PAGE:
For Mars Fly-By, Married Couples Are Encouraged To Apply
One reason, says the founder of the Inspiration Mars Foundation, is that participants are "going to need someone [they] can hug" given the length of the mission.
Kecia Lynn has worked as a technical writer, editor, software developer, arts administrator, summer camp director, and television host. A graduate of Case Western Reserve University and the Iowa Writers' Workshop, she is currently living in Iowa City and working on her first novel.
What's the Latest Development?
Dennis Tito, who in 2001 paid a reported $20 million to become the first-ever private space tourist, announced today that his Inspiration Mars Foundation is launching an ambitious project to send two people -- a man and a woman, preferably married to each other -- on a Mars fly-by in 2018. Unlike other private space missions currently being developed, this one is philanthropic in nature, and is designed to inspire people as well as test technologies that could be used for a Mars landing in the future. Tito will fund the first two years of development himself, and will seek private donations for the remaining portion.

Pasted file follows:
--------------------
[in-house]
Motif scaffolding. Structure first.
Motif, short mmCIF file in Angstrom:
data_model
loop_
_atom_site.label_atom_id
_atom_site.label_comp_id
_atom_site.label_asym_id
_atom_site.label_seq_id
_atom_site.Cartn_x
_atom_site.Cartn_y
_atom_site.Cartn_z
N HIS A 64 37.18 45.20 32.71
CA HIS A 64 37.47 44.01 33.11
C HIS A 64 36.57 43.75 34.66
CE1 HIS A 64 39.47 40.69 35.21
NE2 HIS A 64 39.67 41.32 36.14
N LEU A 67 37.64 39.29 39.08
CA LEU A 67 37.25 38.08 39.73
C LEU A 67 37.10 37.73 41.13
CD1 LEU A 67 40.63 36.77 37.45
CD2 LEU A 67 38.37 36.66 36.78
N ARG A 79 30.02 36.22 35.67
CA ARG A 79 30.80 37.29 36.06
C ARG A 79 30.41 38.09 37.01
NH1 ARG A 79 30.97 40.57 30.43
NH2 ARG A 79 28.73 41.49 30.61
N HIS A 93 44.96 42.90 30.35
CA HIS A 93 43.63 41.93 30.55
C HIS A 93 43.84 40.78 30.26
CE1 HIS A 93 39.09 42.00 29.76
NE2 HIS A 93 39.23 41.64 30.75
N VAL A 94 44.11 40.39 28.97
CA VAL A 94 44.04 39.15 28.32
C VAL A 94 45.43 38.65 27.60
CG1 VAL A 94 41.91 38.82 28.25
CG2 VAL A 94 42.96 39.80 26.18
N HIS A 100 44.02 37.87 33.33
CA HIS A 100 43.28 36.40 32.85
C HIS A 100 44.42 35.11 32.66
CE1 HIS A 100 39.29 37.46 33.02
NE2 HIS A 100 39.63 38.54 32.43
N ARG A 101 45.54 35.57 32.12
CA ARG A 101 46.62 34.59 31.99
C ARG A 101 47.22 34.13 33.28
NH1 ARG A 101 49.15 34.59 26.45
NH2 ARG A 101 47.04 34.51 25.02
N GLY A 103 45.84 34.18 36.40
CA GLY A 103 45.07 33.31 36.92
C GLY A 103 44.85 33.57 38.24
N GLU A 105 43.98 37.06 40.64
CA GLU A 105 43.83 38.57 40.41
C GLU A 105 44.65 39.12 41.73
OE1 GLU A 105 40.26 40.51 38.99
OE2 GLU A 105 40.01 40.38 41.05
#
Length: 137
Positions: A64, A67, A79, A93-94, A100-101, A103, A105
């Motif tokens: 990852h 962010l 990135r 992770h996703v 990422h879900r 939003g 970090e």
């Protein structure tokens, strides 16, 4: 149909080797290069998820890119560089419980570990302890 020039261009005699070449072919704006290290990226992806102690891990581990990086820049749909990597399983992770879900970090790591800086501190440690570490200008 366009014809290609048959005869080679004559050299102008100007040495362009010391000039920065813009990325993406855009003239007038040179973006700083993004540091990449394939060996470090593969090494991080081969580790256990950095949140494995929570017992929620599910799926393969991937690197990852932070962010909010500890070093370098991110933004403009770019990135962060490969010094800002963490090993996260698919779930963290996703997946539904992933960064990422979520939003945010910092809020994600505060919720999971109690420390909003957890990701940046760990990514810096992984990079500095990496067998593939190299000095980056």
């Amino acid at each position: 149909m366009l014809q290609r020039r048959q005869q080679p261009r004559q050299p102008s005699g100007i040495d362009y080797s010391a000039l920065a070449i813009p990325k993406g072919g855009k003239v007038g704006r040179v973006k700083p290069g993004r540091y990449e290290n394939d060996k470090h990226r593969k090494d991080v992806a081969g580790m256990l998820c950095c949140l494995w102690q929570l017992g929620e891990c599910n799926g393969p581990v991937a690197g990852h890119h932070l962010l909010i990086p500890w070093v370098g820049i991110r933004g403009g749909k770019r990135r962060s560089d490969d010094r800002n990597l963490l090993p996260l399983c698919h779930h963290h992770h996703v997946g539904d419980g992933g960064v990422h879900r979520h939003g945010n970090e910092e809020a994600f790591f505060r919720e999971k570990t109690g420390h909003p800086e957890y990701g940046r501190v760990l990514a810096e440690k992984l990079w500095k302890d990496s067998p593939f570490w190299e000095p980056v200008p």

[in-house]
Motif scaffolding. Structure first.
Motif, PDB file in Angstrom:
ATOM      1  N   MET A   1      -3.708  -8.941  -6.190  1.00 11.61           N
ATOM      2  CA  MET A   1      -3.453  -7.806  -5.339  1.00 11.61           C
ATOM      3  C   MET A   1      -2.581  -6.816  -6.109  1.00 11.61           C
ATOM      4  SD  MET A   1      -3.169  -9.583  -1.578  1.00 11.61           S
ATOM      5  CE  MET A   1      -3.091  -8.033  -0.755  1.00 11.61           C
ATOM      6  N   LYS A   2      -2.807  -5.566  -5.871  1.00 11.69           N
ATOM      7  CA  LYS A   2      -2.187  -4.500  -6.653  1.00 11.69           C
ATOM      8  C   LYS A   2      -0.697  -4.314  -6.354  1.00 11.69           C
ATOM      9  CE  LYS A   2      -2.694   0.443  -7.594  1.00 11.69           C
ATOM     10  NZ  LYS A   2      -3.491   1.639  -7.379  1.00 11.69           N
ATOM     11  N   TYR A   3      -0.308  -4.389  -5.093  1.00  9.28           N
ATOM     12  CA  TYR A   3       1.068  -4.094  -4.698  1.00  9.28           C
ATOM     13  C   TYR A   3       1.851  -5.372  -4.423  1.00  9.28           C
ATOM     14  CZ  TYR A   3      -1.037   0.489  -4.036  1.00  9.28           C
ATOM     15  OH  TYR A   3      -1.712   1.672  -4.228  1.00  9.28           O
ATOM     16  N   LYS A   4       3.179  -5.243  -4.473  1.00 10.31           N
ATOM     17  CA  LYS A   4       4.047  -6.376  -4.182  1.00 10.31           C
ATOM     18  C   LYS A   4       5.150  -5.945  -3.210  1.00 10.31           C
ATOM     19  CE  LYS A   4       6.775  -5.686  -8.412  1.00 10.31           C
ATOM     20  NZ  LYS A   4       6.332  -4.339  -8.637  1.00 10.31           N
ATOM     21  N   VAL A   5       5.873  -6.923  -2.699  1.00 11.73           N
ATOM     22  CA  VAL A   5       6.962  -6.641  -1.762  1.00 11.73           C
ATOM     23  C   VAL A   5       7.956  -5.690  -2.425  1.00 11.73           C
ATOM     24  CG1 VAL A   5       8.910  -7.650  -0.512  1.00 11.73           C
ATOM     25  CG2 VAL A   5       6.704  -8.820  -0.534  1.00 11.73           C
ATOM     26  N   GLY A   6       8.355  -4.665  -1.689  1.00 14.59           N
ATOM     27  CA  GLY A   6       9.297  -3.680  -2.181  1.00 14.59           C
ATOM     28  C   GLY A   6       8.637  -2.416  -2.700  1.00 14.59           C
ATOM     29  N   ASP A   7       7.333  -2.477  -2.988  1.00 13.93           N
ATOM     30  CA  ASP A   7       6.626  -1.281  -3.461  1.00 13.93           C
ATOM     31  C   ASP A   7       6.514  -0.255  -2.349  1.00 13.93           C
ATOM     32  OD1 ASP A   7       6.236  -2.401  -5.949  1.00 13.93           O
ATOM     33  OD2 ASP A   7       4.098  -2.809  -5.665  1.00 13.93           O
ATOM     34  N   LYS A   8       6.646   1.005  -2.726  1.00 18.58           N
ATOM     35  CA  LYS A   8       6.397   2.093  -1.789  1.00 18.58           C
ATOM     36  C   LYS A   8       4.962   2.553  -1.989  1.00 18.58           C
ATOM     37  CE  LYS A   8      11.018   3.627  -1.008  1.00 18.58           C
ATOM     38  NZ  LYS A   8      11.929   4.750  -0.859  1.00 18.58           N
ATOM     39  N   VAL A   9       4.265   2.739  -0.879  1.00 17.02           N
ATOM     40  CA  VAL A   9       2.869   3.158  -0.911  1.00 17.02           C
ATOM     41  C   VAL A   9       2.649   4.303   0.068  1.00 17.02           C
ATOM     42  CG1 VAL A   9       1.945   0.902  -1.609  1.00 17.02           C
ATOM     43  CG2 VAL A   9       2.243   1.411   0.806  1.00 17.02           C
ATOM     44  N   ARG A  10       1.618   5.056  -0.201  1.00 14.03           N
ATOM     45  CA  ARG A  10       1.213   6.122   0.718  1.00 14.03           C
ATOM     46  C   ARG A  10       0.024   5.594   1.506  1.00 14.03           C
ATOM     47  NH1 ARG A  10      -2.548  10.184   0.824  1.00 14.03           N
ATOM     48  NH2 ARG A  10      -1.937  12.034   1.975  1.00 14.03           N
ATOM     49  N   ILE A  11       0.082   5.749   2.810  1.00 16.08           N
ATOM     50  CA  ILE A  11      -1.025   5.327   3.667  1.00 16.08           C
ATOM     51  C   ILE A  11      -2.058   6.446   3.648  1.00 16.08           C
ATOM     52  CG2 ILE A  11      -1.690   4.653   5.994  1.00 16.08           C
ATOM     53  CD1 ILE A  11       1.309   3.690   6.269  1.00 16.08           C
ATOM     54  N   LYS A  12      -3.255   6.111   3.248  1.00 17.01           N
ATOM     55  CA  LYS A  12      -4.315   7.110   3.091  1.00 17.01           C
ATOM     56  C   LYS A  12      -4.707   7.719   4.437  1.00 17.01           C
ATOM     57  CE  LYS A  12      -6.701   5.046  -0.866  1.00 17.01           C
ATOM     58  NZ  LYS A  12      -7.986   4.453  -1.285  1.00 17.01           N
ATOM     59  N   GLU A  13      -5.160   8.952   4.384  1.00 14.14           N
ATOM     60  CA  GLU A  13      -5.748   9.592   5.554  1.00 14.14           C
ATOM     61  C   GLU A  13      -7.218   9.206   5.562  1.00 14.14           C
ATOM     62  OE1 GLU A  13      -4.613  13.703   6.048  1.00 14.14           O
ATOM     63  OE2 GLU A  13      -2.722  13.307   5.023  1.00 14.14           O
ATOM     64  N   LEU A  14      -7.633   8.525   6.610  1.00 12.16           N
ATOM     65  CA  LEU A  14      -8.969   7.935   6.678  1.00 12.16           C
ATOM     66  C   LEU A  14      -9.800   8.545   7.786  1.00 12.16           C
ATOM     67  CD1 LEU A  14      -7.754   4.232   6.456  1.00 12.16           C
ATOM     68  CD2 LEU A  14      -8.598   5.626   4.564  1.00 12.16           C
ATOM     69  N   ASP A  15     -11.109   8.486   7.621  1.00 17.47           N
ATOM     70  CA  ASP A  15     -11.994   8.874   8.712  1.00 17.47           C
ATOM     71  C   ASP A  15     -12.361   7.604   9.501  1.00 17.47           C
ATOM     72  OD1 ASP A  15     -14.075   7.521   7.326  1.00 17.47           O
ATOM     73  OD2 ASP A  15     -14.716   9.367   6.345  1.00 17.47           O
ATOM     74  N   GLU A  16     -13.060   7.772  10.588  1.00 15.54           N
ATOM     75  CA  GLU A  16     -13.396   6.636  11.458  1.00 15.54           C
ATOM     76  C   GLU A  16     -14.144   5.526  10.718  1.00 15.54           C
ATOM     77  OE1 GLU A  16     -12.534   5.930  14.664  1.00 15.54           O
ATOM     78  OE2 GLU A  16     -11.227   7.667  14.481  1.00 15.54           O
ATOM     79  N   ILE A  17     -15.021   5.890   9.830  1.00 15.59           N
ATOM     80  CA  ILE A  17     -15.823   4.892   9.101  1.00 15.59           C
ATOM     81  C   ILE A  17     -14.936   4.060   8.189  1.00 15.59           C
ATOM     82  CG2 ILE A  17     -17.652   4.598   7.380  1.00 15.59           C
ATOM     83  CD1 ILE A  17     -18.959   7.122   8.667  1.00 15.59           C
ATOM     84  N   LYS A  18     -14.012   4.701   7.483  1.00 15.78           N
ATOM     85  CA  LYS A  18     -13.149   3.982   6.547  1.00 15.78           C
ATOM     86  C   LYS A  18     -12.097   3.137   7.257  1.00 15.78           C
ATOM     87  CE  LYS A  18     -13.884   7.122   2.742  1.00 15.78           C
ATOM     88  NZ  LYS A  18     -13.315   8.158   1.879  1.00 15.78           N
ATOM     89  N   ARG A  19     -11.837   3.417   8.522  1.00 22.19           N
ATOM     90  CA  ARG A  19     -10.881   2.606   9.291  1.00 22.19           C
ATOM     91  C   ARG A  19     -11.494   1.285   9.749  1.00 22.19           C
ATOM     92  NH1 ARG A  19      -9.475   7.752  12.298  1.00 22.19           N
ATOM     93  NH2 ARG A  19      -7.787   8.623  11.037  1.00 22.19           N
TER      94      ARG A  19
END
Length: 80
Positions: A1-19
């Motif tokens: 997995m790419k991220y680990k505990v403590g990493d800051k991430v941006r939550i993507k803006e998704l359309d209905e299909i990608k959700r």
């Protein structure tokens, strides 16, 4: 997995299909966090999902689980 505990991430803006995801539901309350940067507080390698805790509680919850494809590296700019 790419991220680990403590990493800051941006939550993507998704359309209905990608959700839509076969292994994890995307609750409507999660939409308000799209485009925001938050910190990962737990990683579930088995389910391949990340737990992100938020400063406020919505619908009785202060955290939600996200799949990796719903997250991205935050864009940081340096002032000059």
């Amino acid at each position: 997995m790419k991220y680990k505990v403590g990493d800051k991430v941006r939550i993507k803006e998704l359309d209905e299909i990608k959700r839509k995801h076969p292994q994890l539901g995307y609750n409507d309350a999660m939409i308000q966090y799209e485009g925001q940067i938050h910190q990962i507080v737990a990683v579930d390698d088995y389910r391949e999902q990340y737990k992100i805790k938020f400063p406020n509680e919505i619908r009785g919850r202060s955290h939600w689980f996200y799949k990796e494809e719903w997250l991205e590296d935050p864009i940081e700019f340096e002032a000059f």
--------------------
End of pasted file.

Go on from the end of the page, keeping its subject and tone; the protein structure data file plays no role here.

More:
What's the Big Idea?
The mission will take advantage of an unusual planetary alignment that will bring Earth and Mars close enough to allow for a relatively easy and quick 501-day round trip. For such a lengthy voyage, Tito says a married couple would be ideal: "When you're out that far and the Earth is a tiny, blue pinpoint, you're going to need someone you can hug...What better solution to the psychological problems you're going to encounter with that isolation?"
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